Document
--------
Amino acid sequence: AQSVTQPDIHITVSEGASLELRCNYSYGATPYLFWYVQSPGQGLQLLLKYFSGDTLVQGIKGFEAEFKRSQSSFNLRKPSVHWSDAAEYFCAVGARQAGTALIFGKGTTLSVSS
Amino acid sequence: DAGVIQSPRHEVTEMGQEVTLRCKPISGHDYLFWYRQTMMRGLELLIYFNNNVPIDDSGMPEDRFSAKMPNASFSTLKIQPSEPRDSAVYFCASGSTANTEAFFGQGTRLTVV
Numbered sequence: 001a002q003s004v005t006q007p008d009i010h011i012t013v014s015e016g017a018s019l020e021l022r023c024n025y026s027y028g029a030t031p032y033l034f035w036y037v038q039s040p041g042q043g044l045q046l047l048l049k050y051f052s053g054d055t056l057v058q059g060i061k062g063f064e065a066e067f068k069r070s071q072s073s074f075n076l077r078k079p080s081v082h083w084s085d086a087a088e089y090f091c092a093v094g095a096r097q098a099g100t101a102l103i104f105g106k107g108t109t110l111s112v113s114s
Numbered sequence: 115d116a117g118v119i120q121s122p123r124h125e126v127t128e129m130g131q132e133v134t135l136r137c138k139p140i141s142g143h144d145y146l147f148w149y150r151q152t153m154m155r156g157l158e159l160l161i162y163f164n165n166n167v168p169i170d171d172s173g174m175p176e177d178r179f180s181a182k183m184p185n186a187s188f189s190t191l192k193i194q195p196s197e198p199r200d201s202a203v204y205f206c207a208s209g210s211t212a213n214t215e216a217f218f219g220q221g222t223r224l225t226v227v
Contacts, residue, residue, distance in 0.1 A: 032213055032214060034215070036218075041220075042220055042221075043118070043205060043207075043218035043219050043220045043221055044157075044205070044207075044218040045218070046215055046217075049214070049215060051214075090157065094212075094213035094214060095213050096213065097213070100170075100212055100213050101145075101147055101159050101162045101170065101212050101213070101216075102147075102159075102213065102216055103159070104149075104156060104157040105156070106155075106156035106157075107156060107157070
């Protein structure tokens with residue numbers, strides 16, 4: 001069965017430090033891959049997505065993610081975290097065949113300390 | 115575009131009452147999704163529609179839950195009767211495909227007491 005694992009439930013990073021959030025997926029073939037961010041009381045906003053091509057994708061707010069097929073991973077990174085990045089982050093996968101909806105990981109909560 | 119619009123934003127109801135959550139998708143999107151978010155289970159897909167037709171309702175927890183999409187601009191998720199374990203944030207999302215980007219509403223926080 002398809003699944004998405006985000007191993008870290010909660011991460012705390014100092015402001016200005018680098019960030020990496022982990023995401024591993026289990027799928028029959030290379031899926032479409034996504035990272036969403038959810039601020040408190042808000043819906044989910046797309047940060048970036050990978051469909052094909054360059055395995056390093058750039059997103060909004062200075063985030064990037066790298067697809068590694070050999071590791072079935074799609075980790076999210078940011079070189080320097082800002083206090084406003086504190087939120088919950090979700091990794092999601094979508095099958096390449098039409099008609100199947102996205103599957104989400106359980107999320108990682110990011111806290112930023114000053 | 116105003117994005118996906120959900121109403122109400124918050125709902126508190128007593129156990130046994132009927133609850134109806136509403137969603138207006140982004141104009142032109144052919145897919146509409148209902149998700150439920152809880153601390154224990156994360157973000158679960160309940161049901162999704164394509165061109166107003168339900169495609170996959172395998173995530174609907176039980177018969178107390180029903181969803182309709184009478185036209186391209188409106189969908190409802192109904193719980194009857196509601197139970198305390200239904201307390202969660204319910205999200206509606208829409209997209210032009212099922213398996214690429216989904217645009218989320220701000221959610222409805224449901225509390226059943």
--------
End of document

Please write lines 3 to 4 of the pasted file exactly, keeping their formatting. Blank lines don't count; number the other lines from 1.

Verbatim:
Numbered sequence: 001a002q003s004v005t006q007p008d009i010h011i012t013v014s015e016g017a018s019l020e021l022r023c024n025y026s027y028g029a030t031p032y033l034f035w036y037v038q039s040p041g042q043g044l045q046l047l048l049k050y051f052s053g054d055t056l057v058q059g060i061k062g063f064e065a066e067f068k069r070s071q072s073s074f075n076l077r078k079p080s081v082h083w084s085d086a087a088e089y090f091c092a093v094g095a096r097q098a099g100t101a102l103i104f105g106k107g108t109t110l111s112v113s114s
Numbered sequence: 115d116a117g118v119i120q121s122p123r124h125e126v127t128e129m130g131q132e133v134t135l136r137c138k139p140i141s142g143h144d145y146l147f148w149y150r151q152t153m154m155r156g157l158e159l160l161i162y163f164n165n166n167v168p169i170d171d172s173g174m175p176e177d178r179f180s181a182k183m184p185n186a187s188f189s190t191l192k193i194q195p196s197e198p199r200d201s202a203v204y205f206c207a208s209g210s211t212a213n214t215e216a217f218f219g220q221g222t223r224l225t226v227v